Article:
While the act of love was consummated under the wise guardianship of the angels, man's existence was free from sorrow, pain, and death. But when, under the tutelage of the Lucifer Spirits, he ate of the Tree of Knowledge and perpetuated the race without regard for interplanetary lines of force, he transgressed the law, and the bodies thus formed crystallized unduly, and became subject to death in a much more perceptible manner than had hitherto been the case. Thus he was forced to create new bodies more frequently as the span of life in them shortened. Celestial warders of the creative force drove him from the garden of love into the wilderness of the world, and he was made responsible for his actions under the cosmic law which governs the universe. Thus for ages he struggled on, seeking to work out his own salvation, and the Earth in consequence crystallized more and more.
Divine hierarchies, the Christ Spirit included, worked upon the Earth from without as the Group Spirit guides the animals under its protectorate; but as Paul truly says, none could be justified under the law, for under the law all sinned, and all must die. There is in the old covenant no hope beyond the present, save a foreshadowing of one who is to come and restore righteousness. Thus John tells us that the law was given by Moses, and grace came by the Lord Jesus Christ. (John 1:16-17) But what is grace? Can grace work contrary to law and abrogate it entirely? Certainly not. The laws of God are steadfast and sure, or the universe would become chaos. The law of gravity keeps our houses in position relative to other houses, so that when we leave them we may know of a surety that we shall find them in the same place upon returning. Likewise all other departments in the universe are subject to immutable laws
As law, apart from love, gave birth to sin, so the child of law, tempered with love is grace. Take an example from our concrete social conditions: We have laws which decree a certain penalty for a specified offense, and when the law is carried out, we call it justice. But long experience is beginning to teach us that justice, pure and simple, is like the Colchain dragon's teeth, and breeds strife and struggle in increasing measure. The criminal, so-called, remains criminal and becomes more and more hardened under the ministrations of law; but when the milder regime of the present day allows one who has transgressed to go under suspended sentence then he is under grace and not under law. Thus, also the Christian, who aims to follow in the Master's steps, is emancipated form the law of sin by grace, provided he forsake the path of sin.
It was the sin of our progenitors in ancient Lemuria that they scattered their seed regardless of law and without love. But it is the privilege of the Christian to redeem himself by purity of life in remembrance of the Lord. John says, "His seed remaineth in him," and this is the hidden meaning of the bread and wine. In the English version we read simply: "This is the cup of the New Testament." but in the German the word for cup is Kelch, and in the Latin, Calix, both meaning the outer covering of the seed pod of the flower. In the Greek we have a still more subtle meaning, not conveyed in other languages, in the word poterion, a meaning which will be evident when we consider the etymology of the word "pot." This at once gives us the same idea as the chalice or calix — a receptacle capable of holding a fluid. Our English words, "potent" and "impotent," meaning to possess or to lack virile strength, further show the meaning of this Greek word, which foreshadows the evolution from man to superman.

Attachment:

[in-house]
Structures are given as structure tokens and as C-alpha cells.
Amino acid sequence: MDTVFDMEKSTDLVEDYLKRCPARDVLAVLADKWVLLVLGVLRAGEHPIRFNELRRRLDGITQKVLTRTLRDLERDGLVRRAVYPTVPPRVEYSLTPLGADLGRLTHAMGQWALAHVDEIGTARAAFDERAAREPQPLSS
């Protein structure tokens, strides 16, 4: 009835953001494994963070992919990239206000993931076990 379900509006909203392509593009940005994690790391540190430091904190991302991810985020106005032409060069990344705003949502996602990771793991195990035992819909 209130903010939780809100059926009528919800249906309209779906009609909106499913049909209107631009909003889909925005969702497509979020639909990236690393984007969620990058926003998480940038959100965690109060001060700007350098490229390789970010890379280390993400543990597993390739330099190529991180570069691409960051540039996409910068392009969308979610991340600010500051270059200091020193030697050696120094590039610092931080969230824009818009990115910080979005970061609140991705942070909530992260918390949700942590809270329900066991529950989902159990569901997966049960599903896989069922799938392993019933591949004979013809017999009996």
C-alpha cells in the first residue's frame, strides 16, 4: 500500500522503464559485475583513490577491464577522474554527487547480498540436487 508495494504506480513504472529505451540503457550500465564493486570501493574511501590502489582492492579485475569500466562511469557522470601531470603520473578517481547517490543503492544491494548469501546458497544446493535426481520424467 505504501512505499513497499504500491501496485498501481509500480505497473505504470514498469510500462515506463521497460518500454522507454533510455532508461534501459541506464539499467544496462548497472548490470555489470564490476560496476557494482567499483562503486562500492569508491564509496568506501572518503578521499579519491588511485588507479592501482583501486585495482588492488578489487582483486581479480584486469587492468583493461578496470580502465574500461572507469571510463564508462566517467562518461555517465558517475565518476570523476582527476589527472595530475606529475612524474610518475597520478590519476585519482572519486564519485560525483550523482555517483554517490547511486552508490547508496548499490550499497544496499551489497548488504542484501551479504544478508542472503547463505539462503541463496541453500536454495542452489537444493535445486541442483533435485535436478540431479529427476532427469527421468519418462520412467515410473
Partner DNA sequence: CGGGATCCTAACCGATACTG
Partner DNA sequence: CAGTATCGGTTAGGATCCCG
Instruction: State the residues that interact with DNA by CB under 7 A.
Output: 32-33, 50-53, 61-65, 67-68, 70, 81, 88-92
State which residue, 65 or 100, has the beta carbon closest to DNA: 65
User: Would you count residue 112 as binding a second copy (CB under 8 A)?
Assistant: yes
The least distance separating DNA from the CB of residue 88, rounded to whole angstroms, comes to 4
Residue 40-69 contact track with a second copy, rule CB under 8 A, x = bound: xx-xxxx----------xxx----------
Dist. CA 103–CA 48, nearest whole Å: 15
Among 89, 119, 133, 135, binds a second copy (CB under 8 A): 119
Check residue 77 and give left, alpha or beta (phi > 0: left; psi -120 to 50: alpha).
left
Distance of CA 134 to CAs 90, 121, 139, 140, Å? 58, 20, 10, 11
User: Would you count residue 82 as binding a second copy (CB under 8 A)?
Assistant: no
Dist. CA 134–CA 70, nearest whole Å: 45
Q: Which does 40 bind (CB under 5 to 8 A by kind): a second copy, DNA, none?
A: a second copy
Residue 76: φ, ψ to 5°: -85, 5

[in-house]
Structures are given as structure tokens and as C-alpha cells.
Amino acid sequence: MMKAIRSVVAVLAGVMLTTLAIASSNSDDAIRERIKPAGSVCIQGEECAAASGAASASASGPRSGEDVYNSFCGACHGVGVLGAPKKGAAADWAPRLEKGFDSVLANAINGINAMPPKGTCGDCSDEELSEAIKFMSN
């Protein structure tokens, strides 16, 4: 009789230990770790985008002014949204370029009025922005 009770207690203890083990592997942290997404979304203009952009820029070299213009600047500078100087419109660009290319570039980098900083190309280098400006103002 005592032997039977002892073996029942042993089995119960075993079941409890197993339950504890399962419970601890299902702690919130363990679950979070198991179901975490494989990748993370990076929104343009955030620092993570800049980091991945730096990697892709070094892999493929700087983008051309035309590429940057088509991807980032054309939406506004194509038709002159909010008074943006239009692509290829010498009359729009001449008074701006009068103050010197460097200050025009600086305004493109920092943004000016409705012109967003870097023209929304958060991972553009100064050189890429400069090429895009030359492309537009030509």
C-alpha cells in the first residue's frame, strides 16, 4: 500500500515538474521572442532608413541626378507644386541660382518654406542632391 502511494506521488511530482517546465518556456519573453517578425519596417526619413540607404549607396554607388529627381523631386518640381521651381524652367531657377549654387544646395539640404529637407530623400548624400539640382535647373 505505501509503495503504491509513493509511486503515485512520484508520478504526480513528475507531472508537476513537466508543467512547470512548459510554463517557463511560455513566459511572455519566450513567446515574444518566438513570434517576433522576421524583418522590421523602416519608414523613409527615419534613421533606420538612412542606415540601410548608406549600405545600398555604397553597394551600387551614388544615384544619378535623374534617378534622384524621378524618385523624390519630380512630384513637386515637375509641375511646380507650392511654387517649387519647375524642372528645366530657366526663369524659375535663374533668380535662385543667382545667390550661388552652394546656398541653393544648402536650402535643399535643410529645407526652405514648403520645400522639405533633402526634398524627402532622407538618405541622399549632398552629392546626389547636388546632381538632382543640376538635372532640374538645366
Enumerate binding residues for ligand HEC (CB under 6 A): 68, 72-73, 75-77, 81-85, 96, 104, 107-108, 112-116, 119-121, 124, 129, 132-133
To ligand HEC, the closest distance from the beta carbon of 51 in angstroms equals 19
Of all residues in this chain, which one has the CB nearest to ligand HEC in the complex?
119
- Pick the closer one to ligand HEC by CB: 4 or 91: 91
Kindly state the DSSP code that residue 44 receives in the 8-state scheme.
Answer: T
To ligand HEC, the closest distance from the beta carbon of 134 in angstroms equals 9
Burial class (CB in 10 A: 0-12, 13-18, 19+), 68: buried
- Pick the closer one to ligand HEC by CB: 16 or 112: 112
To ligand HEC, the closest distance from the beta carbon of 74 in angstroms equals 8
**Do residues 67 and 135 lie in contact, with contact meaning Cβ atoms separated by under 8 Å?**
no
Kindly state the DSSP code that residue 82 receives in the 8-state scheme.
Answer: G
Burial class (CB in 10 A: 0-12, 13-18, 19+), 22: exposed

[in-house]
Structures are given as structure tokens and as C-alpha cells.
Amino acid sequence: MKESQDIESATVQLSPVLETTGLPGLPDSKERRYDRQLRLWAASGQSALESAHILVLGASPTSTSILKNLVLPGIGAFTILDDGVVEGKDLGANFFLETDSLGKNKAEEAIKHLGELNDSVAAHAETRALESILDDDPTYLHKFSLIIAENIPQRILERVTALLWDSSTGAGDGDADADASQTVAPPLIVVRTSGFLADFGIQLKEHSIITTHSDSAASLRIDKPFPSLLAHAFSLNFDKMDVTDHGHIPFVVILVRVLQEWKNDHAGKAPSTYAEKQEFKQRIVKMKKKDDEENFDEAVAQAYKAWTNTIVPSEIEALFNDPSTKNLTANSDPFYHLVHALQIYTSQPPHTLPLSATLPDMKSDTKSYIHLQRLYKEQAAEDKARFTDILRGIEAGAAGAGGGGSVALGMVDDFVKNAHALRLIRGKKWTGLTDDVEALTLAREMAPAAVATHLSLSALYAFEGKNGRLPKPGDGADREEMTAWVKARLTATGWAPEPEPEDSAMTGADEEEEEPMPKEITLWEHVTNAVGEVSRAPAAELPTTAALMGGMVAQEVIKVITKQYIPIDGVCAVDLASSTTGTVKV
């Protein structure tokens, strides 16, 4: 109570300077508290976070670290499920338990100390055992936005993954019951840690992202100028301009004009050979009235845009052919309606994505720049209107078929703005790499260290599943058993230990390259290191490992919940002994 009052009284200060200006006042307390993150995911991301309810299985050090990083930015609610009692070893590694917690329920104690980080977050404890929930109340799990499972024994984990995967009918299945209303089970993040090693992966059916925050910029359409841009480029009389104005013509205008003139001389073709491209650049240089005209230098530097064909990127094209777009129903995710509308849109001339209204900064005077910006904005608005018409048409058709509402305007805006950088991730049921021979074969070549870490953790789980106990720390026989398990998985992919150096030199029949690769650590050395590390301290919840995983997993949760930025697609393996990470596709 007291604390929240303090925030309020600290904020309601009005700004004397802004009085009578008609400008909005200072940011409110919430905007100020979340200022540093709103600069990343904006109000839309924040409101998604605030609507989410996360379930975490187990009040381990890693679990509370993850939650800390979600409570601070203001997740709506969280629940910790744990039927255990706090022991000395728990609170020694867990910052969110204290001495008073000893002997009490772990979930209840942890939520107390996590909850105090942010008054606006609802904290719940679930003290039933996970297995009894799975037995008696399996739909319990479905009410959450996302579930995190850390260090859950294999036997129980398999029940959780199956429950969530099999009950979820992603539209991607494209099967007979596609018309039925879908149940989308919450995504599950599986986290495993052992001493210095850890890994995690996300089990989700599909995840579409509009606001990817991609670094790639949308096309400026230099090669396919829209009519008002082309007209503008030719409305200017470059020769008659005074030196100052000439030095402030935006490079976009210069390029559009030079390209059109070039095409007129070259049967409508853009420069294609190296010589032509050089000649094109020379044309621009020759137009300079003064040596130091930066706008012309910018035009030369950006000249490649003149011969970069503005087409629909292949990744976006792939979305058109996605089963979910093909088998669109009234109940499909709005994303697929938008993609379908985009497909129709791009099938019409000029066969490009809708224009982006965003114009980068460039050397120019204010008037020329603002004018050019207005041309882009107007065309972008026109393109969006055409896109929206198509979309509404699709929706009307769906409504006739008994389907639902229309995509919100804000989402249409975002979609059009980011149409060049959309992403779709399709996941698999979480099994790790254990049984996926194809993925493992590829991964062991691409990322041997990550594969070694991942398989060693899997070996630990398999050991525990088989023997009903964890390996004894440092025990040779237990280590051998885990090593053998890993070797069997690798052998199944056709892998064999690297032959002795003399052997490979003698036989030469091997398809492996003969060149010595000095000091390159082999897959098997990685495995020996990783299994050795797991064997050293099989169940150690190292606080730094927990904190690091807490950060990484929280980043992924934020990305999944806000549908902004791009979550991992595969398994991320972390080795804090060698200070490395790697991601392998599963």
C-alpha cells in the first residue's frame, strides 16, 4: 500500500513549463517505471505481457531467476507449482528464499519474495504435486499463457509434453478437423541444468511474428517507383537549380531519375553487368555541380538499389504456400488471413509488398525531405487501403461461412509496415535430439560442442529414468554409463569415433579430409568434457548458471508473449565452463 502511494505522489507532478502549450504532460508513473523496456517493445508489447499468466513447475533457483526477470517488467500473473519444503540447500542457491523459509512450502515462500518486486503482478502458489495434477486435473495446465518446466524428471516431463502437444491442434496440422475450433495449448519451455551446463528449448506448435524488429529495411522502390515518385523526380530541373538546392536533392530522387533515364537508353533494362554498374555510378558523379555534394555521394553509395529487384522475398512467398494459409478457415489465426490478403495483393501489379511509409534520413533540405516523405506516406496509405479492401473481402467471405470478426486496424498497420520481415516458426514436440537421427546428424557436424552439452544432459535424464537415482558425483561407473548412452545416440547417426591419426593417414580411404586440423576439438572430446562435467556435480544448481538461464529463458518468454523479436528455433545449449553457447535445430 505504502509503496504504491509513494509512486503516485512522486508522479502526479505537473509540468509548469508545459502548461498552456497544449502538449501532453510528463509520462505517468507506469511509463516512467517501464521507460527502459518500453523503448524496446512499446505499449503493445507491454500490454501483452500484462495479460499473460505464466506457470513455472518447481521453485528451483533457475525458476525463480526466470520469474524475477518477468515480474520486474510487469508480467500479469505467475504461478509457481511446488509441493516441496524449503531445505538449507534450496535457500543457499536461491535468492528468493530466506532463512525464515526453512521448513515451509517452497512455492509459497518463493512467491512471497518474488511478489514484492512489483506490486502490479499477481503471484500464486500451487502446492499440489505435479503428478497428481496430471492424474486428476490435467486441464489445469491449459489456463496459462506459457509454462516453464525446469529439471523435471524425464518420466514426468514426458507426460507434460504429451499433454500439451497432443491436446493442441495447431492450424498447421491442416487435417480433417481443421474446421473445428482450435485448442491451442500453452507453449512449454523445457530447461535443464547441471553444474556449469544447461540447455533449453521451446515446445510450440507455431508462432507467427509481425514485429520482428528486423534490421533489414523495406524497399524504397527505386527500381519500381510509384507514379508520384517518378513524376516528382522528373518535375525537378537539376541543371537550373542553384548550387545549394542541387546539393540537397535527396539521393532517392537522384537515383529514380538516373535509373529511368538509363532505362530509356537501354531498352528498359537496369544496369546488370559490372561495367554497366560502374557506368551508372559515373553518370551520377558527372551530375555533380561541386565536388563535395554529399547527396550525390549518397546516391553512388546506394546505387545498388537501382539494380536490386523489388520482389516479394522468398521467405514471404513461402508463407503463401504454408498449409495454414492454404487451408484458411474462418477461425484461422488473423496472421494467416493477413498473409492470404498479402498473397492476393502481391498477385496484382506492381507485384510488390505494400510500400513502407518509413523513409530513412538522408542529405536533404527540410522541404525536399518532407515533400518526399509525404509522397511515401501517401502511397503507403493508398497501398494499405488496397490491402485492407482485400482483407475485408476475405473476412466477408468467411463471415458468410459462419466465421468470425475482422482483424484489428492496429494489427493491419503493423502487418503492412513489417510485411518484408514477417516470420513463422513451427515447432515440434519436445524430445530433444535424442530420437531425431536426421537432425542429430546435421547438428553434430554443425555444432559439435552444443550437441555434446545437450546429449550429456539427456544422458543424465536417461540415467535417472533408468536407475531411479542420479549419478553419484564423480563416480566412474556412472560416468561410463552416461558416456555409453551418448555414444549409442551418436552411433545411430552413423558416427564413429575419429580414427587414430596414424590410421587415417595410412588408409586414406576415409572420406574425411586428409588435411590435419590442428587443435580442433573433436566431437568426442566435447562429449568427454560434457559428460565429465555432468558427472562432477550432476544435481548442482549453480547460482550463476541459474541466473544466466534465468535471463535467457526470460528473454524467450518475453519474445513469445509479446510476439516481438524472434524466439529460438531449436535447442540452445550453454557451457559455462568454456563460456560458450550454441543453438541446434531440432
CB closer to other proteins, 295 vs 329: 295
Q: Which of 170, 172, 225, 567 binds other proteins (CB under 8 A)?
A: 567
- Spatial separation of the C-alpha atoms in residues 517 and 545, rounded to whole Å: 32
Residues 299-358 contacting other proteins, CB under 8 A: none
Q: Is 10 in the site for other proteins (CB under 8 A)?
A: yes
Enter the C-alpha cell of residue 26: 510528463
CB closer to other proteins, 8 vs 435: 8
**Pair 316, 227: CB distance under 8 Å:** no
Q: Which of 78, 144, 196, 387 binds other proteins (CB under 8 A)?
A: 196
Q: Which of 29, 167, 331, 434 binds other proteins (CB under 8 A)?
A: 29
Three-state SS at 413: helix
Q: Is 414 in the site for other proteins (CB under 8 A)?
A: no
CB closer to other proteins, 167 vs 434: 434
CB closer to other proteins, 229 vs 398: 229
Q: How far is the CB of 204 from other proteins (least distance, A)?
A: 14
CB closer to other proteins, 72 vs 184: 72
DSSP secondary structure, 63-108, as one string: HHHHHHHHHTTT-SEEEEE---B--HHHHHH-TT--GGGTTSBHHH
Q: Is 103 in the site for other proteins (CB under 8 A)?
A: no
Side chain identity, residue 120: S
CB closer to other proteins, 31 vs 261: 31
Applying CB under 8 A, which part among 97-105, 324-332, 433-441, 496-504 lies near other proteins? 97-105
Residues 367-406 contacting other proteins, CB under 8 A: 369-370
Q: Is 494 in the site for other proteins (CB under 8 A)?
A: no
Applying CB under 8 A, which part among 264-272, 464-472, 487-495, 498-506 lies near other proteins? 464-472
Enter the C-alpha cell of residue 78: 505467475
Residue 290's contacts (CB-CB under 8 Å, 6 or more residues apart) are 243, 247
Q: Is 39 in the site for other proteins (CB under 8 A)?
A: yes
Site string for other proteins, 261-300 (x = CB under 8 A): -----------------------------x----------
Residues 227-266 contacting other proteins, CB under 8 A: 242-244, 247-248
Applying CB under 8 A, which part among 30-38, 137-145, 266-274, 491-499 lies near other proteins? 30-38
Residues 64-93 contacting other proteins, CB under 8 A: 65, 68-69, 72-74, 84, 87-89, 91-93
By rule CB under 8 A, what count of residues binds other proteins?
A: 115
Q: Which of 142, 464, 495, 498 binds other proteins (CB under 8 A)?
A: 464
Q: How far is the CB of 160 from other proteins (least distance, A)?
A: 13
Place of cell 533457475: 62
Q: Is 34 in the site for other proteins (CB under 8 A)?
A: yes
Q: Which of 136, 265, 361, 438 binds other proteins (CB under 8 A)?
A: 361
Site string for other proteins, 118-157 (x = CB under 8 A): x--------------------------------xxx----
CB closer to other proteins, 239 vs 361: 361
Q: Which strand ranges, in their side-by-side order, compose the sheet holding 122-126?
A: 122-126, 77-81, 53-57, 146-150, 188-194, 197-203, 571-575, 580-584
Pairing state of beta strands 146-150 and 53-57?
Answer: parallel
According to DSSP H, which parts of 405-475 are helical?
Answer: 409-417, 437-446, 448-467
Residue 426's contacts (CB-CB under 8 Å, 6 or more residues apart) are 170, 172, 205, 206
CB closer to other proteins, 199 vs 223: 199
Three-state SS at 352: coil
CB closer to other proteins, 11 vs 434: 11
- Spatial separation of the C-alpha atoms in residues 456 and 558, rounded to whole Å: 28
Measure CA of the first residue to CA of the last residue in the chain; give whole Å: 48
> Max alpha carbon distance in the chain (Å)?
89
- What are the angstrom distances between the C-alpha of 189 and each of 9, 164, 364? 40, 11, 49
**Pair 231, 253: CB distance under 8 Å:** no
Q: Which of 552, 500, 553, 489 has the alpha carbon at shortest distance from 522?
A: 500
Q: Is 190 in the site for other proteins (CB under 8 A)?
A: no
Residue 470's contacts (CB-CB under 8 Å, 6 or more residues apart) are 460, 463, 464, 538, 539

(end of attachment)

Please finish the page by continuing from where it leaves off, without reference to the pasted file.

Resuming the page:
We have already lived through a mineral, a plant, and an animal like existence before becoming human as we are today, and beyond us lie still further evolutions where we shall approach the Divine more and more. It will be readily conceded that it is our animal passions which restrain us upon the path of attainment; the lower nature is constantly warring against the higher self. At least in those who have experienced a spiritual awakening, a war is being fought silently within, and is all the more bitter for being suppressed. Goethe with masterly art voiced that sentiment in the words of Faust, the aspiring soul, speaking to his more materialistic friend, Wagner:
It was the knowledge of this absolute necessity of chastity (save when procreation is the object) upon the part of those who have had a spiritual awakening which dictated the words of Christ, and the Apostle Paul stated an esoteric truth when he said that those who partook of the communion without living the life were in danger of sickness and death. For just as under a spiritual tutelage, purity of life may elevate the disciple wonderfully, so also unchastity has a much stronger effect upon his more sensitized bodies than upon those who are yet under the law, and have not yet become partakers of grace by the cup of the New Covenant
[You are welcome to e-mail your answers and/or comments to us. Please be sure to include the Independent Study Course name and Module number in your e-mail to us. Or, you are also welcome to use the answer form below.]
1. Compare the general attitude toward our daily meals with the attitude taught in the Bible.
2. How are the wheat and the grape the "body and blood" of Christ?
3. State briefly the cause of our unduly crystallized bodies.
4. What is "grace"?
5. How only may we redeem ourselves from the sin of our progenitors in ancient Lemuria?
6. What is the real meaning of the "cup of the New Testament"?
7. Give in your own words the esoteric truth voiced by Faust concerning the higher and lower natures.
Contemporary Mystic Christianity